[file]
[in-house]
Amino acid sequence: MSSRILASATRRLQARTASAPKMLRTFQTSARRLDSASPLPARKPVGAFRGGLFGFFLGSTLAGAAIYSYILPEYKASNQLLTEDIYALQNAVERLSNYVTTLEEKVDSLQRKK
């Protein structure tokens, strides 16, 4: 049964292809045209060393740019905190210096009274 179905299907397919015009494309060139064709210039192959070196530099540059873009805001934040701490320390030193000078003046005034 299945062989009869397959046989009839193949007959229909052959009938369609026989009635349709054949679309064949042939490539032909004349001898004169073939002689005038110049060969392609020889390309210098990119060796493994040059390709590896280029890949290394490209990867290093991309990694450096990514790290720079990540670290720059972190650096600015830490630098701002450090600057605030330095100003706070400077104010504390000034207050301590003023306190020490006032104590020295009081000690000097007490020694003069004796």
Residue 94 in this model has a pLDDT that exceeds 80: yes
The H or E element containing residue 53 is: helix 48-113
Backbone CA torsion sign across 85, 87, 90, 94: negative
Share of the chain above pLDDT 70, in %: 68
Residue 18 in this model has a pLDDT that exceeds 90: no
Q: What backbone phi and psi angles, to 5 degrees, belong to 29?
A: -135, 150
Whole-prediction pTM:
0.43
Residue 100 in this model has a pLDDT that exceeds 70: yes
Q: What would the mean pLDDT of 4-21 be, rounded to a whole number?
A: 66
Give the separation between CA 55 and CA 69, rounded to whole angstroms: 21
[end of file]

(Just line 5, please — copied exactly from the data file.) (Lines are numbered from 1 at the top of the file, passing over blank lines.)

The H or E element containing residue 53 is: helix 48-113